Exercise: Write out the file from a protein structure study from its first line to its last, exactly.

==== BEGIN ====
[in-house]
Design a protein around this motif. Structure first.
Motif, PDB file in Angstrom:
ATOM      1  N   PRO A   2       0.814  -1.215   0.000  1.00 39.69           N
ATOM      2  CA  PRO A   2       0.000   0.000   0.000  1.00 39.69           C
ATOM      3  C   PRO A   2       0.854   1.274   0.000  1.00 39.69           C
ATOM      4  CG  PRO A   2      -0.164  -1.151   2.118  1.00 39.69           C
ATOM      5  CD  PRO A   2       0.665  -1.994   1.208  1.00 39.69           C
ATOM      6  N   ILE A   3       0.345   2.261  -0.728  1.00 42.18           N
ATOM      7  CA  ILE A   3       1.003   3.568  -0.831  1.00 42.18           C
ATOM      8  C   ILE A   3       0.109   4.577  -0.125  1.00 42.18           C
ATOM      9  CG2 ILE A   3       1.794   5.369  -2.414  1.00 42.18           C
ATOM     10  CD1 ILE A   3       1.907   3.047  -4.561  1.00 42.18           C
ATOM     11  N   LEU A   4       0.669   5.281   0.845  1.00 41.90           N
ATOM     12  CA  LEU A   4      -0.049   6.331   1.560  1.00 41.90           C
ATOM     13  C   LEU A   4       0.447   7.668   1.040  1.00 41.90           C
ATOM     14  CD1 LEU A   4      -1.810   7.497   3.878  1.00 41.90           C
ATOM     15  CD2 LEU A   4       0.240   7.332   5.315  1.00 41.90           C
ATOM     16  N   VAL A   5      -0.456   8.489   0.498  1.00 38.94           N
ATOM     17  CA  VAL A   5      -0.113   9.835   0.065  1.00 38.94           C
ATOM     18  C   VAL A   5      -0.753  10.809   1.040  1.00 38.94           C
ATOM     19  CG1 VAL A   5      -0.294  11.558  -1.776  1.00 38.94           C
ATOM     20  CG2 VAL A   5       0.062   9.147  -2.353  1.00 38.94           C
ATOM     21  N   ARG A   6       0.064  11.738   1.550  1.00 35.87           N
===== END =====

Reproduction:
[in-house]
Design a protein around this motif. Structure first.
Motif, PDB file in Angstrom:
ATOM      1  N   PRO A   2       0.814  -1.215   0.000  1.00 39.69           N
ATOM      2  CA  PRO A   2       0.000   0.000   0.000  1.00 39.69           C
ATOM      3  C   PRO A   2       0.854   1.274   0.000  1.00 39.69           C
ATOM      4  CG  PRO A   2      -0.164  -1.151   2.118  1.00 39.69           C
ATOM      5  CD  PRO A   2       0.665  -1.994   1.208  1.00 39.69           C
ATOM      6  N   ILE A   3       0.345   2.261  -0.728  1.00 42.18           N
ATOM      7  CA  ILE A   3       1.003   3.568  -0.831  1.00 42.18           C
ATOM      8  C   ILE A   3       0.109   4.577  -0.125  1.00 42.18           C
ATOM      9  CG2 ILE A   3       1.794   5.369  -2.414  1.00 42.18           C
ATOM     10  CD1 ILE A   3       1.907   3.047  -4.561  1.00 42.18           C
ATOM     11  N   LEU A   4       0.669   5.281   0.845  1.00 41.90           N
ATOM     12  CA  LEU A   4      -0.049   6.331   1.560  1.00 41.90           C
ATOM     13  C   LEU A   4       0.447   7.668   1.040  1.00 41.90           C
ATOM     14  CD1 LEU A   4      -1.810   7.497   3.878  1.00 41.90           C
ATOM     15  CD2 LEU A   4       0.240   7.332   5.315  1.00 41.90           C
ATOM     16  N   VAL A   5      -0.456   8.489   0.498  1.00 38.94           N
ATOM     17  CA  VAL A   5      -0.113   9.835   0.065  1.00 38.94           C
ATOM     18  C   VAL A   5      -0.753  10.809   1.040  1.00 38.94           C
ATOM     19  CG1 VAL A   5      -0.294  11.558  -1.776  1.00 38.94           C
ATOM     20  CG2 VAL A   5       0.062   9.147  -2.353  1.00 38.94           C
ATOM     21  N   ARG A   6       0.064  11.738   1.550  1.00 35.87           N